Tuesday, July 27, 2010

Gorilla Film Making- A Must for Film Students and Aspiring Film Makers

For the past two days I have been working with a group of students on a short film for their class. I was brought on as a gaffer, but like most small shoots, I've been filling in other roles, like media management. They're a good group of people, punctual, ready to work and knowledgeable in the craft of film making. It's interesting working with college students. They are familiar with the names and applications for industry standard gear, and they run a shoot by the book. The only problem with college students is their dependency on gear, and book taught procedure.

On yesterday's shoot, we were short on C- stands, and some of the students couldn't figure out how to hang flags and scrims. Having worked on a lot of low budget gorilla shoots, I've learned how to do a lot with very little, so I grabbed some spring clamps and gaff tape. Admittedly, it's easier setting up for a shot when you have the proper gear, but at the end of the day you need to get the job done with whatever you have.

Every film course should require at least one low budget film assignment. They could call it the Film makers survival training. Groups of students would be given a camera and a tripod, and have shoot a short film with supplies they could buy at a hardware store or Duane Reade.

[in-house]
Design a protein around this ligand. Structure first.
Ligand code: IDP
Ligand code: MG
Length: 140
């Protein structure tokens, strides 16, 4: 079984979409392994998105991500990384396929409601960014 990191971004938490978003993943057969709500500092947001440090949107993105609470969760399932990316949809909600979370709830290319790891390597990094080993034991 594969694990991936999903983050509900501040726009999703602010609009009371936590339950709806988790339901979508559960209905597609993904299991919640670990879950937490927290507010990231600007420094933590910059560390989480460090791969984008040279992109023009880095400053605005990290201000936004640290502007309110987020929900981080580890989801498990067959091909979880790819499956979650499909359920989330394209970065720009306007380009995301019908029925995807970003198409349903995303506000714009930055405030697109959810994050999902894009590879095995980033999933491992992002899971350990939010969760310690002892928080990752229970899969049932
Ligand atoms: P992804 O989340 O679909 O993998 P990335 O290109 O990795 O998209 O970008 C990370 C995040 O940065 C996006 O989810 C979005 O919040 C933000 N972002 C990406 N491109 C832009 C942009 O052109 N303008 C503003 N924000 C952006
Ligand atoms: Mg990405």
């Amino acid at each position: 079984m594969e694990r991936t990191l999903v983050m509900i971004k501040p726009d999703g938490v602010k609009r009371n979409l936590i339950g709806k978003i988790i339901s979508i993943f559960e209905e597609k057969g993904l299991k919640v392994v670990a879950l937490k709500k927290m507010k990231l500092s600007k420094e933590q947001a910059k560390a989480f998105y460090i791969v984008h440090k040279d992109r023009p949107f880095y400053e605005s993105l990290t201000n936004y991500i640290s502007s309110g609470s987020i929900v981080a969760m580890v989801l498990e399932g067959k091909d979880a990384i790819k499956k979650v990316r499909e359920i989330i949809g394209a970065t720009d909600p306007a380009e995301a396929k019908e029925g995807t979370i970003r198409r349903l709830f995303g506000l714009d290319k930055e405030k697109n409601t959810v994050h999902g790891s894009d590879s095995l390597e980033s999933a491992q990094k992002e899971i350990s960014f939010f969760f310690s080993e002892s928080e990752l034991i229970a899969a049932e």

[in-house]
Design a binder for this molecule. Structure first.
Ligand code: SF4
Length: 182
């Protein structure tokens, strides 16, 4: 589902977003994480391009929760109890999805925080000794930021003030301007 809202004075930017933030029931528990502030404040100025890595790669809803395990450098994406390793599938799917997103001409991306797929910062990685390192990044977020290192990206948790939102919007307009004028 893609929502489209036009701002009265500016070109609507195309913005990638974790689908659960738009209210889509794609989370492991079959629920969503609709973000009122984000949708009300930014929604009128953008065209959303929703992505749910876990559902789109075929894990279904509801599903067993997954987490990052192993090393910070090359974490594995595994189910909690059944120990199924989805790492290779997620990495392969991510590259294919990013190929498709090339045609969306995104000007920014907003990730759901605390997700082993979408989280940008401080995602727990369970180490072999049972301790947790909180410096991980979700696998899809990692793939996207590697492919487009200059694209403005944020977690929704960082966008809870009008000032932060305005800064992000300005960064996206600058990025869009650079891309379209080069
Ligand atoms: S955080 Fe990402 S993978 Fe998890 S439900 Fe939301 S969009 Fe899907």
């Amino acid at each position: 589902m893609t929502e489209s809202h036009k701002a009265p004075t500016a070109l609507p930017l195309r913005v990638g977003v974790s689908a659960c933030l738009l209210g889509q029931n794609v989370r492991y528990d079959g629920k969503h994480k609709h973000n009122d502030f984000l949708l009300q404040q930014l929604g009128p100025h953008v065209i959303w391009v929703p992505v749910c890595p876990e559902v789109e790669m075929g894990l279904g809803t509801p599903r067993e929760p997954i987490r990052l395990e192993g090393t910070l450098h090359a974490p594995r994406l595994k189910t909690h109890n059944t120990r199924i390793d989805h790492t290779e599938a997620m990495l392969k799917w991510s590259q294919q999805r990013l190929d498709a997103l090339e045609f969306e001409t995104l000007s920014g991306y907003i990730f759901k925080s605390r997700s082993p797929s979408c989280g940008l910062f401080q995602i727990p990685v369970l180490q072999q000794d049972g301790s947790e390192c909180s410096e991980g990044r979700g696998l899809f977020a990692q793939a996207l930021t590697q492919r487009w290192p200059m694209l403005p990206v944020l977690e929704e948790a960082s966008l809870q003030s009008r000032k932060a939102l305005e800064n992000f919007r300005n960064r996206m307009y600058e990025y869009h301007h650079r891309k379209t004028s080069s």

Working with professional gear is great, but depending on it is not. Unless you are one of the fortunate few who can transition from college into big Hollywood productions, then chances are your going to be working on indy films. No matter where you end up working, no one wants to hear "we can't get it done cause we don't have a C- stand". Everyone wants to hear "I can make it work". If you can get the job done with spring clamps, cardboard, gaff tape and clamp lights, imagine what you'll be able to do with proper gear.

1 comment:

  1. Wow! U literally washed me off wit ur speach.. I myself am a film academy student.. Nd ya, ur ryt, they make you rely on pro gears rather than teach you to make films.. Instead they teach us the technical works for usin a cam.. Doesent really help much does it??